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Champagne producers agreed to set the maximum yield for the 2019 harvest at 10,200 kilos per hectare, 600kgs/ha down on the base level set for 2018, to produce around 300 million bottles. The CIVC Comité that represents the two sides of the champagne business – the growers and the merchant houses (négociants) – see this as the appropriate level to provide a suitable supply of champagne to meet future predicted demand. They are not expecting sales of fizz to change much in 2018, a view which some might view as optimistic in the present economic climate.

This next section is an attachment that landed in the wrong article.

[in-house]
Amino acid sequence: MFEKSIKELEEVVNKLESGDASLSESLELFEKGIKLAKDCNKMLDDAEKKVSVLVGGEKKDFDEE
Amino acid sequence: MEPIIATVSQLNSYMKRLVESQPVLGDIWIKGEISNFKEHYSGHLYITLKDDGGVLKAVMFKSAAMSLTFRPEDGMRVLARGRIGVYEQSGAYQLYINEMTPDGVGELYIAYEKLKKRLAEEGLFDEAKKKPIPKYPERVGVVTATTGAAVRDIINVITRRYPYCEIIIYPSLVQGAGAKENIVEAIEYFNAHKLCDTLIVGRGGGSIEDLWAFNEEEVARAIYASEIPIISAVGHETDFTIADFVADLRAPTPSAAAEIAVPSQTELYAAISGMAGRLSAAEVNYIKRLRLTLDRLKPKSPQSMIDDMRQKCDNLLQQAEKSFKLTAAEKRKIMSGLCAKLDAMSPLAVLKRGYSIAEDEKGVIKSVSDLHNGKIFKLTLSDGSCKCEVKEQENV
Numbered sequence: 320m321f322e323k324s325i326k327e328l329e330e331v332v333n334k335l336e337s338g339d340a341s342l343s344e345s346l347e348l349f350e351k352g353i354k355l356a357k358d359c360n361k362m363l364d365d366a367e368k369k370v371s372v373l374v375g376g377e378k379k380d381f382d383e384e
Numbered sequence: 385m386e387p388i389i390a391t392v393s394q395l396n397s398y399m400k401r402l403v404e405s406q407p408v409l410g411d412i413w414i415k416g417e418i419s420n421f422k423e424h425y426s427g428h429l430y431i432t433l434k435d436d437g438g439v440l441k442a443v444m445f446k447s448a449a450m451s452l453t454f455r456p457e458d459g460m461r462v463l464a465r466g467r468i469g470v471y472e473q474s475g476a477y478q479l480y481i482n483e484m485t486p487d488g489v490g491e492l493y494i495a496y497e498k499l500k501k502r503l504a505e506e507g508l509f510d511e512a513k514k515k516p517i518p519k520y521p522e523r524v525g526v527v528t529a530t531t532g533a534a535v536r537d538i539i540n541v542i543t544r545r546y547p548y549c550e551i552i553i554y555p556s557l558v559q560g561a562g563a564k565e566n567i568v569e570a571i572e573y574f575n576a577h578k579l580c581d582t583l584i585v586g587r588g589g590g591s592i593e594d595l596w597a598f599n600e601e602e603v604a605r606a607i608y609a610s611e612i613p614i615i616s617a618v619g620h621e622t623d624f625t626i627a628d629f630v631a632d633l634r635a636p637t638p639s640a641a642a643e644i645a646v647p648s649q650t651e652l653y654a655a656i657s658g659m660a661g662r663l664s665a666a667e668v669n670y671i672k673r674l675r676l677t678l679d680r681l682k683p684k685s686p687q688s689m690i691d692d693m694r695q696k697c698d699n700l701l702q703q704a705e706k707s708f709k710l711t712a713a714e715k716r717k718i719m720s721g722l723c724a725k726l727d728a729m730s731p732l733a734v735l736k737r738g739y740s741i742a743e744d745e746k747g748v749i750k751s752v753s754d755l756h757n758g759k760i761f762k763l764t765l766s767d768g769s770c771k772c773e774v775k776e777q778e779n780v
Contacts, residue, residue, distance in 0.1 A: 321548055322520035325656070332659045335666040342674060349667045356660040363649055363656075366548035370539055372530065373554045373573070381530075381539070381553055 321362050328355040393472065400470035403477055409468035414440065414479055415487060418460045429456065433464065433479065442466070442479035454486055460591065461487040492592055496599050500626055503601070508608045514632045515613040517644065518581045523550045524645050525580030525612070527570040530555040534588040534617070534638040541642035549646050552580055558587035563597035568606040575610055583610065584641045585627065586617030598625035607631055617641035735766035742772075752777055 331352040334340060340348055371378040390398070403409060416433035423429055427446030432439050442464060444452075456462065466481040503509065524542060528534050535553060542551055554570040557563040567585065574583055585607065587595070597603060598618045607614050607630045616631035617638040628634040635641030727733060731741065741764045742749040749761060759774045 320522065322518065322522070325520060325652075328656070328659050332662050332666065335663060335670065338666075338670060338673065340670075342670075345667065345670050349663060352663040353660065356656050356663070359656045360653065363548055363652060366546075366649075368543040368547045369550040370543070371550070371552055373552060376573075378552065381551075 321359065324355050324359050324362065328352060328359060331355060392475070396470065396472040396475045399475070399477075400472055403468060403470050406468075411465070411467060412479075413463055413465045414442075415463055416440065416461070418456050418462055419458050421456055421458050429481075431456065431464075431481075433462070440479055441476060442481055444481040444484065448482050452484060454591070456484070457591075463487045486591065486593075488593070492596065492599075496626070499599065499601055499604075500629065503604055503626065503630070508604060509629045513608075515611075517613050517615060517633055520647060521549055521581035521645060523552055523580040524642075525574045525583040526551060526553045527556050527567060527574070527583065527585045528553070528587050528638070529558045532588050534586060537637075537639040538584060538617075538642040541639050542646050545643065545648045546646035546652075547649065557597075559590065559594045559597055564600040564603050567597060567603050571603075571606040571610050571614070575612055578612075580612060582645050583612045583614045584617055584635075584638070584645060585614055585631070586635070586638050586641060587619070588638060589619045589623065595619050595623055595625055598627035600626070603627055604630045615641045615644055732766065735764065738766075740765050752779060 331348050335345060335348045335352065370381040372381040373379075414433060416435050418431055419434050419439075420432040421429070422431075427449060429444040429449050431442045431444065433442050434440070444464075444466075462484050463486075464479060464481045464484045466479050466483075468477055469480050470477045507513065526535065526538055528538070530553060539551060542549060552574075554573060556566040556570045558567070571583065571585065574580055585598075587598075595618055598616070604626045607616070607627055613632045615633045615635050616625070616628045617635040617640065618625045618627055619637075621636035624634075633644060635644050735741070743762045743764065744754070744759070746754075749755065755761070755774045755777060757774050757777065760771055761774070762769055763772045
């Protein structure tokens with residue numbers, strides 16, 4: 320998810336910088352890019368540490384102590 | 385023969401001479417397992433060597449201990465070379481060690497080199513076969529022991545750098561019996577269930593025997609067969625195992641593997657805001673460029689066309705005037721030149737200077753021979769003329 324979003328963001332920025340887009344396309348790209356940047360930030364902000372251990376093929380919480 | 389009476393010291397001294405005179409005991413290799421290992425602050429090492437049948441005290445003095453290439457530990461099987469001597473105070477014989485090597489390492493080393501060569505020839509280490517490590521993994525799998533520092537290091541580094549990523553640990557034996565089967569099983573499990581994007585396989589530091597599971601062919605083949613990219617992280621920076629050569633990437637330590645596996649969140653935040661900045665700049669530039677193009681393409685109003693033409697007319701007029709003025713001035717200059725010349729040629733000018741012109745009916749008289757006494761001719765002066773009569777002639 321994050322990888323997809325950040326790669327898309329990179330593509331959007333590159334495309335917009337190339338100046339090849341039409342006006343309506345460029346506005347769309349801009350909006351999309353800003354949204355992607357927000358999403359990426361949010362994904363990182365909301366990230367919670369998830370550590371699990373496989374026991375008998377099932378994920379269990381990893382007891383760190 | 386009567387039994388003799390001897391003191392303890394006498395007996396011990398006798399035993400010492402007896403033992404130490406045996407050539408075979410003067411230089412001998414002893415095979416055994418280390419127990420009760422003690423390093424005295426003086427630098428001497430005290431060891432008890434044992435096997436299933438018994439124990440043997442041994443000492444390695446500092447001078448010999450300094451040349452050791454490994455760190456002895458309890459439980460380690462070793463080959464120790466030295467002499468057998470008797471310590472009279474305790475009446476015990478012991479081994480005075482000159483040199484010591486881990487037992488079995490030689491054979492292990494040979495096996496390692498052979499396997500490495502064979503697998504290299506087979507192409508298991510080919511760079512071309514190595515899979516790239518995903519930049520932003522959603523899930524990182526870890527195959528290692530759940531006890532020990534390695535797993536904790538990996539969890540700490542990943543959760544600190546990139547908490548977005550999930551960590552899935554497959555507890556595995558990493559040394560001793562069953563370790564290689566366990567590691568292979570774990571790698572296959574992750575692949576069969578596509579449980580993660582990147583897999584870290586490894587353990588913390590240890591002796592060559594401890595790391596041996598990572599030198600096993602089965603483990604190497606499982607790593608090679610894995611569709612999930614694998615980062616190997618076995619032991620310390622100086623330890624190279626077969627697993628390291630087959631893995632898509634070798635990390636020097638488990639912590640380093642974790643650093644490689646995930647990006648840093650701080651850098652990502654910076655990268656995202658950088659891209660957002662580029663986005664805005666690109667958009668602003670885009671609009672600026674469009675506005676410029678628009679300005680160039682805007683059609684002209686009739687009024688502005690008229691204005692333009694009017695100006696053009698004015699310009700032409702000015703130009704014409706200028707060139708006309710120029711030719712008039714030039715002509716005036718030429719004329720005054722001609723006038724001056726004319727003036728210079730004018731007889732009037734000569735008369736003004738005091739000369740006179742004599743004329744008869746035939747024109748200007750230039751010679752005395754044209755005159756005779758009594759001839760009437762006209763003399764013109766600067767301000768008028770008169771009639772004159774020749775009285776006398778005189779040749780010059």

When they set the yield each July, with the harvest typically six to eight weeks away, the Comité considers various factors. Actual sales in the year to date, obviously; but also expected demand in the important last quarter when most champagne is purchased. The potential for the harvest in terms of quality, health and size, plus the level of s...

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